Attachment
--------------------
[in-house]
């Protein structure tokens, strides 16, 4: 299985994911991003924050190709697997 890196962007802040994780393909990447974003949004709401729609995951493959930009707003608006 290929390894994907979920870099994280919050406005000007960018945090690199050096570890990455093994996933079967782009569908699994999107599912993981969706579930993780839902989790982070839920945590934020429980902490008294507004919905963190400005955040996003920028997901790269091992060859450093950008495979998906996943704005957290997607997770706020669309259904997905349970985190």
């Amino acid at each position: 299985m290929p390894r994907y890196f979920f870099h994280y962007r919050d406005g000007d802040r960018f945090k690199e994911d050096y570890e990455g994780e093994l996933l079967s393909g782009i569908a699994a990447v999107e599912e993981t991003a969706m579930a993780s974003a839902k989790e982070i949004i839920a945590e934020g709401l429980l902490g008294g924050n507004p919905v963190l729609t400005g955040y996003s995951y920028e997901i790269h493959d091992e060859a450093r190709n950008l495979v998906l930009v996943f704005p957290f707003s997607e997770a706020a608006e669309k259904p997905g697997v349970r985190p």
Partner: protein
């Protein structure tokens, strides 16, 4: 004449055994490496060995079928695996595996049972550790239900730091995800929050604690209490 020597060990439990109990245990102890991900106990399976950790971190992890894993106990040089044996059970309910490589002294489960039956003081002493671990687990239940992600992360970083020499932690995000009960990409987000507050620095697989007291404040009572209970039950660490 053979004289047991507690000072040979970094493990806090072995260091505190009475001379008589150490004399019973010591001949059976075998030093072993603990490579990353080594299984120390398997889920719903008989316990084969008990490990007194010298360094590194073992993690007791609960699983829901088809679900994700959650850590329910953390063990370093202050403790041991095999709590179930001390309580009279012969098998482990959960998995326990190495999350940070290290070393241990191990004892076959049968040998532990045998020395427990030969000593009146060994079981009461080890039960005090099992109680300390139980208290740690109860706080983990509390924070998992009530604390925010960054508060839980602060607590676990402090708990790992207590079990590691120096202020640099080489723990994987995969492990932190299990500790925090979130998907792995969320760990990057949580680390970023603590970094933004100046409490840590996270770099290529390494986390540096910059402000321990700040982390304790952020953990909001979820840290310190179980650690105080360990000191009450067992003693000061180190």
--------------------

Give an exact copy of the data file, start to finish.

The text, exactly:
[in-house]
């Protein structure tokens, strides 16, 4: 299985994911991003924050190709697997 890196962007802040994780393909990447974003949004709401729609995951493959930009707003608006 290929390894994907979920870099994280919050406005000007960018945090690199050096570890990455093994996933079967782009569908699994999107599912993981969706579930993780839902989790982070839920945590934020429980902490008294507004919905963190400005955040996003920028997901790269091992060859450093950008495979998906996943704005957290997607997770706020669309259904997905349970985190």
């Amino acid at each position: 299985m290929p390894r994907y890196f979920f870099h994280y962007r919050d406005g000007d802040r960018f945090k690199e994911d050096y570890e990455g994780e093994l996933l079967s393909g782009i569908a699994a990447v999107e599912e993981t991003a969706m579930a993780s974003a839902k989790e982070i949004i839920a945590e934020g709401l429980l902490g008294g924050n507004p919905v963190l729609t400005g955040y996003s995951y920028e997901i790269h493959d091992e060859a450093r190709n950008l495979v998906l930009v996943f704005p957290f707003s997607e997770a706020a608006e669309k259904p997905g697997v349970r985190p």
Partner: protein
């Protein structure tokens, strides 16, 4: 004449055994490496060995079928695996595996049972550790239900730091995800929050604690209490 020597060990439990109990245990102890991900106990399976950790971190992890894993106990040089044996059970309910490589002294489960039956003081002493671990687990239940992600992360970083020499932690995000009960990409987000507050620095697989007291404040009572209970039950660490 053979004289047991507690000072040979970094493990806090072995260091505190009475001379008589150490004399019973010591001949059976075998030093072993603990490579990353080594299984120390398997889920719903008989316990084969008990490990007194010298360094590194073992993690007791609960699983829901088809679900994700959650850590329910953390063990370093202050403790041991095999709590179930001390309580009279012969098998482990959960998995326990190495999350940070290290070393241990191990004892076959049968040998532990045998020395427990030969000593009146060994079981009461080890039960005090099992109680300390139980208290740690109860706080983990509390924070998992009530604390925010960054508060839980602060607590676990402090708990790992207590079990590691120096202020640099080489723990994987995969492990932190299990500790925090979130998907792995969320760990990057949580680390970023603590970094933004100046409490840590996270770099290529390494986390540096910059402000321990700040982390304790952020953990909001979820840290310190179980650690105080360990000191009450067992003693000061180190």